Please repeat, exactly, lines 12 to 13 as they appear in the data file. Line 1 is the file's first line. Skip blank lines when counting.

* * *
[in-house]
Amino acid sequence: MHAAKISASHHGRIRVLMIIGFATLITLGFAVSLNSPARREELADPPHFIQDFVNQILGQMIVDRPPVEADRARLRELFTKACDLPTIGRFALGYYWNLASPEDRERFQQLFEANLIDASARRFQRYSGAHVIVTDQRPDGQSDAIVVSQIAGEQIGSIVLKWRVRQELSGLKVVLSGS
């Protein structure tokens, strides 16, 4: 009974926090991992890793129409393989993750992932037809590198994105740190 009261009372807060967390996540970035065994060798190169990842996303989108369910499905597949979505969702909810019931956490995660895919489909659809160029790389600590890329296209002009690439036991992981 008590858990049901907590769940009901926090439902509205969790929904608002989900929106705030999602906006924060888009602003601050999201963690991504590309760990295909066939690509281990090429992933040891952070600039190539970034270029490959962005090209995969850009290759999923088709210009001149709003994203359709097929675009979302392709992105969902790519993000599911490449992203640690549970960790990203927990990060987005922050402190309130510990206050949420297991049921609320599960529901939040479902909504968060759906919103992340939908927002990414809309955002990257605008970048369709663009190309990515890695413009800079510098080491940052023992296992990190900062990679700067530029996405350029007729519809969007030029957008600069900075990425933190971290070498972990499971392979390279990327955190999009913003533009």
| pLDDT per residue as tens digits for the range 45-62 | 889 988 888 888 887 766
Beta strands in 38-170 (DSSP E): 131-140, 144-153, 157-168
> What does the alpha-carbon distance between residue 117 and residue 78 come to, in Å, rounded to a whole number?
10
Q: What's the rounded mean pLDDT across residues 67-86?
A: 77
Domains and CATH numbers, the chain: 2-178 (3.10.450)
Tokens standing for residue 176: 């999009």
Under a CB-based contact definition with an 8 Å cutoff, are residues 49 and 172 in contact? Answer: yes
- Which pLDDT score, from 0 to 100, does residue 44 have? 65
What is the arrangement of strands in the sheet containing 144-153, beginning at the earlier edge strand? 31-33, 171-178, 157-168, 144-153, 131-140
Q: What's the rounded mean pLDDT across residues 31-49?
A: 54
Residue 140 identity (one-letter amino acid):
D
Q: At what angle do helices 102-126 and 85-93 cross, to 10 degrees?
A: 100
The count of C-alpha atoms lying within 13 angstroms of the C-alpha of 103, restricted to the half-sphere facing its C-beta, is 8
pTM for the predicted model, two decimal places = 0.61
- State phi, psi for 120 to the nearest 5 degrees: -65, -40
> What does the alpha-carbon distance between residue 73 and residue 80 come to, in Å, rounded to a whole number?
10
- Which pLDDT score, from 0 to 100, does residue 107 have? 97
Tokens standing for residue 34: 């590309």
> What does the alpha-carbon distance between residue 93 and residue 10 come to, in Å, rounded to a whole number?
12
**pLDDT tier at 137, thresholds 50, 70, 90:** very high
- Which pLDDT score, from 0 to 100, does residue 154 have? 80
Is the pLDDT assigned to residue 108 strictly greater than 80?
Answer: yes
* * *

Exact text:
Under a CB-based contact definition with an 8 Å cutoff, are residues 49 and 172 in contact? Answer: yes
- Which pLDDT score, from 0 to 100, does residue 44 have? 65